If you’re in need of a new water heater installation, but you don’t know how much it’s going to cost, you’re not alone. It’s an often underestimated cost for many homeowners and landlords. But you don’t have a choice: if you don’t have a water heater in your home or it’s not working properly, you’ll need to get a new one.
A new water heater could be expensive. Not to mention, there are different types of water heaters, primarily traditional water heaters (with the large tank in the basement) and tankless water heaters (a newer innovation). So what can you do?
How Do I Budget For Water Heater Installation?
The key to understand is that you’ll need to get an estimate of costs directly from the contractors you hire. If you contact us today, we’ll give you a full quote and make sure you can understand what it’s going to cost you.
However, if you want a general idea of what water heater installation is going to cost, you’ll need to understand the factors that affect it.
What Affects The Costs of Water Heater Installation?
The most important factor in the cost of installing a water heater will be the type: tankless vs. traditional. A tankless water heater is much more expensive than the traditional tank storage heater (up to 3 times as much!). There are reasons to choose a tankless model though, including energy efficiency and access to hot water at all times.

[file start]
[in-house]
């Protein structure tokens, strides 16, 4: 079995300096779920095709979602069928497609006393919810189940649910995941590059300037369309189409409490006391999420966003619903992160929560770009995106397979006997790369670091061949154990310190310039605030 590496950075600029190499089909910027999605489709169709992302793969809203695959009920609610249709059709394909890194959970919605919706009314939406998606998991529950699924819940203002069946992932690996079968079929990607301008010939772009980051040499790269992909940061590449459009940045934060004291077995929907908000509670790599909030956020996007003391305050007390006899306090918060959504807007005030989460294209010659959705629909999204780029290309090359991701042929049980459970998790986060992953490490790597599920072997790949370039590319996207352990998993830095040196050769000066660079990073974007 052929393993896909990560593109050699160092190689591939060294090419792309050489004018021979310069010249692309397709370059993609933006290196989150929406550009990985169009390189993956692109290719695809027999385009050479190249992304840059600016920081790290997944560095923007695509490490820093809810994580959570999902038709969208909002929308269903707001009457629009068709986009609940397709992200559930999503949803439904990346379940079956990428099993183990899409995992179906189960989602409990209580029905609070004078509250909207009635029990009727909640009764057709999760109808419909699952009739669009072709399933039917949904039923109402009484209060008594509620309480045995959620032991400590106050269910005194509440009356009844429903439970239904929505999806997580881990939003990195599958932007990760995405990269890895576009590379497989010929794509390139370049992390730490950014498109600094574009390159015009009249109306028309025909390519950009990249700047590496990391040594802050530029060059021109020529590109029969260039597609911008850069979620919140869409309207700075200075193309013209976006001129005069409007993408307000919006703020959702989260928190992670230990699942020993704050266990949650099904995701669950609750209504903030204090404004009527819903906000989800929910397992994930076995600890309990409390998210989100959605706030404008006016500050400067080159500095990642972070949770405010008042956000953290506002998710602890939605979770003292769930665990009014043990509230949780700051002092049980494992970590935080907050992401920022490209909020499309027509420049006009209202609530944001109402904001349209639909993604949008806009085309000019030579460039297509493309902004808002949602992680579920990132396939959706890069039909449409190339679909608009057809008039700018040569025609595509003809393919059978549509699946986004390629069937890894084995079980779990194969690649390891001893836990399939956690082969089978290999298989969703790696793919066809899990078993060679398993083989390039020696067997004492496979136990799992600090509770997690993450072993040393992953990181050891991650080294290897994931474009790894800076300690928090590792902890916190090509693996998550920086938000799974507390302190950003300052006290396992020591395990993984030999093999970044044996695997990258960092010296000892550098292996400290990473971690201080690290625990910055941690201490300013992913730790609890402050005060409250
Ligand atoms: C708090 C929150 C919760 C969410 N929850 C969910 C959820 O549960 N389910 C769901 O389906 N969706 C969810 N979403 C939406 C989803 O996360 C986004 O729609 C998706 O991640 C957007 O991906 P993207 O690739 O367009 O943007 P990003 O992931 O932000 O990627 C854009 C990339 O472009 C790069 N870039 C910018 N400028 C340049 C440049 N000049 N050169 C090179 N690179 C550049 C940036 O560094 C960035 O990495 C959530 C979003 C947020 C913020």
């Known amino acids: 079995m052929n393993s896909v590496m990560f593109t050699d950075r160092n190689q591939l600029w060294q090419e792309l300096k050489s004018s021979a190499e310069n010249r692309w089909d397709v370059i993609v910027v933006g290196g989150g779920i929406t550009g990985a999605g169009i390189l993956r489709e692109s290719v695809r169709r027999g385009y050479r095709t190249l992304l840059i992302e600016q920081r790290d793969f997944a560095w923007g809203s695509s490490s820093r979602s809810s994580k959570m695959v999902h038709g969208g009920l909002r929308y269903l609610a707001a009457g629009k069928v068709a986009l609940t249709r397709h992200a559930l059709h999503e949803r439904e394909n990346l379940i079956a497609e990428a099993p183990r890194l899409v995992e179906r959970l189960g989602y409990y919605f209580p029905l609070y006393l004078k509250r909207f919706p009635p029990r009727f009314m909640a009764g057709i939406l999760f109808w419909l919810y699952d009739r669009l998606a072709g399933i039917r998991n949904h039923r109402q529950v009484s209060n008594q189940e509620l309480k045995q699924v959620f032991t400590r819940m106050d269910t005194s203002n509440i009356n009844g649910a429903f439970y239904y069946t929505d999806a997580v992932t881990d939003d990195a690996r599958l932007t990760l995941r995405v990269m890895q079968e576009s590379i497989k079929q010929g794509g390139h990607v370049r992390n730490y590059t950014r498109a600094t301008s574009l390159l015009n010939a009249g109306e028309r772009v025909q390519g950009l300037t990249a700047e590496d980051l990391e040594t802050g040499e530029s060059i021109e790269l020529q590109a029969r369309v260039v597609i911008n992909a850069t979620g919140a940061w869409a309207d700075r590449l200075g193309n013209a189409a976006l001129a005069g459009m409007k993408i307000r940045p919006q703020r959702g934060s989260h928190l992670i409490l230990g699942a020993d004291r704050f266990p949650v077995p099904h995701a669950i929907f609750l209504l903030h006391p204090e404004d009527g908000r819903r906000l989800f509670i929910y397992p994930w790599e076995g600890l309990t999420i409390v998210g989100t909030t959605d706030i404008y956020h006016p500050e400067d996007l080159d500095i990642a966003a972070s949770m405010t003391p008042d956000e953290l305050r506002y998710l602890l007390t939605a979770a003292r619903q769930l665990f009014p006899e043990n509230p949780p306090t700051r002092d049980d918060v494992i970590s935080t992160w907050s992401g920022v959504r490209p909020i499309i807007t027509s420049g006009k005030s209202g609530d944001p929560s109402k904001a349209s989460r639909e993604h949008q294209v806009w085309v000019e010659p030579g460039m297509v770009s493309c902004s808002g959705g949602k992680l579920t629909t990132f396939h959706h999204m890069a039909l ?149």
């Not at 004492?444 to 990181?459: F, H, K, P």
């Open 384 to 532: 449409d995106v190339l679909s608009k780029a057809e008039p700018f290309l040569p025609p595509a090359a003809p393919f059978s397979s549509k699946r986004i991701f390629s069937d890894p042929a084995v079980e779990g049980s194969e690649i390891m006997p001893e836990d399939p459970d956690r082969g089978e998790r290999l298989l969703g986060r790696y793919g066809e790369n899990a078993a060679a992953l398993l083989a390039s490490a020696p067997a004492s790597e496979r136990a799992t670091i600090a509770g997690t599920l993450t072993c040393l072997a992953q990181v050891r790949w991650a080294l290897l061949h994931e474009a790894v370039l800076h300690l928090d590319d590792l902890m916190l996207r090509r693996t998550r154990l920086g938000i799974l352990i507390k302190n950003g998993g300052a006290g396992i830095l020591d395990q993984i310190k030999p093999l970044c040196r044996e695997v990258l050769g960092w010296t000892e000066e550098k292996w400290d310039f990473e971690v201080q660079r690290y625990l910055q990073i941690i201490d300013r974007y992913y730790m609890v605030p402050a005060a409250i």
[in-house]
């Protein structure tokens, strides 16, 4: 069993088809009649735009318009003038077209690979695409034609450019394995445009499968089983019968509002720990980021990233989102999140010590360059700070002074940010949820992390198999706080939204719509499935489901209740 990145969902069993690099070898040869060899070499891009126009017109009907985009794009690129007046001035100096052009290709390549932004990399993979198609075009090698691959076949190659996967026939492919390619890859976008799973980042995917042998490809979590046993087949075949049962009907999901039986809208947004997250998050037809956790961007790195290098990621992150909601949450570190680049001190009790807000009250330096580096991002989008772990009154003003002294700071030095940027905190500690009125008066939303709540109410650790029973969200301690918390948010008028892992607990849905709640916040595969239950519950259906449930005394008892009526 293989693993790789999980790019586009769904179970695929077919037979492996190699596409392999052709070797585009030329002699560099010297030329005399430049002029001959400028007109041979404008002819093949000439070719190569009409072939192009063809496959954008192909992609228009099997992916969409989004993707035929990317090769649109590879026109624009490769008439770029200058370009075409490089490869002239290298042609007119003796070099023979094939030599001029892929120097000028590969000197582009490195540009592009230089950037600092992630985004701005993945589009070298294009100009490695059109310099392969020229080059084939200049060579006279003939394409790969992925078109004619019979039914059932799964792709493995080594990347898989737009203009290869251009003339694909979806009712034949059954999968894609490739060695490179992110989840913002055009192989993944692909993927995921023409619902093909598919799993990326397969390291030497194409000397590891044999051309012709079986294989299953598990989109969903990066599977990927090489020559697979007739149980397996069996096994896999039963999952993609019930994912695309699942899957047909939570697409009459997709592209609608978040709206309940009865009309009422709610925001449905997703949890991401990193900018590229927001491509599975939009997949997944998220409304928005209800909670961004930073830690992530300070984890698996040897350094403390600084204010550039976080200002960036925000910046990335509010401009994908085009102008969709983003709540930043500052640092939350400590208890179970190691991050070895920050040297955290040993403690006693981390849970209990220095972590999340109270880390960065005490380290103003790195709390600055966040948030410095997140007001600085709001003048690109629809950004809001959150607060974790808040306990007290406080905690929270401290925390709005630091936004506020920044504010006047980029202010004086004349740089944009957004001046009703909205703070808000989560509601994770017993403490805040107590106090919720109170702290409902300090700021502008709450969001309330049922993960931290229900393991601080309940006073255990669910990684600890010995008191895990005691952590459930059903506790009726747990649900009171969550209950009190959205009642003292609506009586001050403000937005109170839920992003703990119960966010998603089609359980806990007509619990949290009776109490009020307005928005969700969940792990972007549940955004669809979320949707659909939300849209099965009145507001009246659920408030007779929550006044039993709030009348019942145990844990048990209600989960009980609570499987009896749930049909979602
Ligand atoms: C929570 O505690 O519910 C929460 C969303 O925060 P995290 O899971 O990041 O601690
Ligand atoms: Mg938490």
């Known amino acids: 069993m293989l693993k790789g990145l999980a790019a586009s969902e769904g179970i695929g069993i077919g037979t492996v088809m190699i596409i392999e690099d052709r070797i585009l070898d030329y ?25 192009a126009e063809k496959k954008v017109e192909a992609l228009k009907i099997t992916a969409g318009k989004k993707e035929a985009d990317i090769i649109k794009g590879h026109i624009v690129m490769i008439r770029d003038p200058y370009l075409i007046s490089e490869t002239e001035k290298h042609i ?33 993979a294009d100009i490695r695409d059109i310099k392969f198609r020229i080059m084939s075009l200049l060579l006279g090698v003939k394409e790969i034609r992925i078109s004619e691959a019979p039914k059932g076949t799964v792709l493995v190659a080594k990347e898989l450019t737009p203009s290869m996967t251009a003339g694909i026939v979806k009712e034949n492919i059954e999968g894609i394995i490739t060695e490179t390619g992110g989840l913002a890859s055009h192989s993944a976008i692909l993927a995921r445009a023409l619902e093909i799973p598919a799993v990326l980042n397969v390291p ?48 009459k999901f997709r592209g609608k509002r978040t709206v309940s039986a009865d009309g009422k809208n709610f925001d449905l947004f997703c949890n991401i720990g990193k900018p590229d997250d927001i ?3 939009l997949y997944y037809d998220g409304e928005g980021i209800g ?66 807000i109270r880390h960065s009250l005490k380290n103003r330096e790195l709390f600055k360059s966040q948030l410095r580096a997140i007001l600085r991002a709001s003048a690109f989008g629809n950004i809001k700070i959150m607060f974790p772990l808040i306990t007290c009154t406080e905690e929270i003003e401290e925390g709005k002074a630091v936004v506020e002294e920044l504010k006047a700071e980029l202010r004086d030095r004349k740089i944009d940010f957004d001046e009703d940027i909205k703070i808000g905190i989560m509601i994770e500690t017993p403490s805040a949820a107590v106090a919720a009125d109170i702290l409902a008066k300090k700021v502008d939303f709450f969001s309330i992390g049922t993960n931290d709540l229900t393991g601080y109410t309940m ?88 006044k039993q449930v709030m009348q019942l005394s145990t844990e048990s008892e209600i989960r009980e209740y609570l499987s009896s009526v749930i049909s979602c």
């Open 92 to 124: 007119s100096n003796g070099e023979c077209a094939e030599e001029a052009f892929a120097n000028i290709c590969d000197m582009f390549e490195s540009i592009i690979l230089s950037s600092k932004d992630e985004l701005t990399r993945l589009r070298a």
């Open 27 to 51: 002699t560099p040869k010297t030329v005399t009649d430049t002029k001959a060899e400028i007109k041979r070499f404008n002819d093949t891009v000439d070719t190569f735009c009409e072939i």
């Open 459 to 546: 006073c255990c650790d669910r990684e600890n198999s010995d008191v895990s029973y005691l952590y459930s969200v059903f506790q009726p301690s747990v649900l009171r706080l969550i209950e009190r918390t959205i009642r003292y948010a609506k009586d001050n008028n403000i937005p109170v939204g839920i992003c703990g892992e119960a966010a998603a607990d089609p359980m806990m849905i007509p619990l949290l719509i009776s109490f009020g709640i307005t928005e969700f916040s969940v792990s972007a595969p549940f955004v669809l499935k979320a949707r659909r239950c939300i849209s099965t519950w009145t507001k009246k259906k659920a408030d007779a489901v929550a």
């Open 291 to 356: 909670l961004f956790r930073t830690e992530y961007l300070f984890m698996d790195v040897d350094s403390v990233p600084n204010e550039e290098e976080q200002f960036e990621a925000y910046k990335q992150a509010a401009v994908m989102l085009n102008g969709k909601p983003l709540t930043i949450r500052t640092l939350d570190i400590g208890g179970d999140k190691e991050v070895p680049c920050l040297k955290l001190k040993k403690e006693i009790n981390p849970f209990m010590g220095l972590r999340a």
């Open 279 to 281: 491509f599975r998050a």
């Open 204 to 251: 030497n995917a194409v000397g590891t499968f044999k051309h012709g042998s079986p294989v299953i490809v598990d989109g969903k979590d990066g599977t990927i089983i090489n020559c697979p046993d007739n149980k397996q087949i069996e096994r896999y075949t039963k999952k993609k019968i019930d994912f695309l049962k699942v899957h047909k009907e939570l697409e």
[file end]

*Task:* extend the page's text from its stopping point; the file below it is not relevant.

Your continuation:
If you’re going with a traditional tank storage water heater, the size of the tank will also matter greatly. The tank size you want will depend on the size of your property. It costs much more to install a water heater for a 6,000 sq ft home than for a 3,000 sq ft home, and if you have multifamily units, it’s going to be even more expensive. This is why it’s important to contact a contractor because they’ll tell you what tank size you’re likely to need.
Another factor is the cost of the contractor. Different companies charge different rates, and you could spend your time shopping around for the best rate. However, rates are generally commensurate on experience.
The last big factor is going to be the model of the tank. Not all brands of water heater tank, or models, are the same, and choosing one rated higher in efficiency and durability is likely to cost more.
How Do I Lower The Costs?
If you’re looking to lower the costs, make sure that you consider the long term costs. You don’t want to have to do another water heater installation very soon after because the contractor you chose to put in a unit that was not good for your home!
You also don’t want to have a tank that’s too large or too small for your home. A small tank will work harder to provide enough water, costing you more in the long run. A large tank will be more than you need, making installation costs higher.
Make sure you choose the right company for the job, too. A good company will do a full examination of your plumbing and your home to determine what you need, lowering costs overall.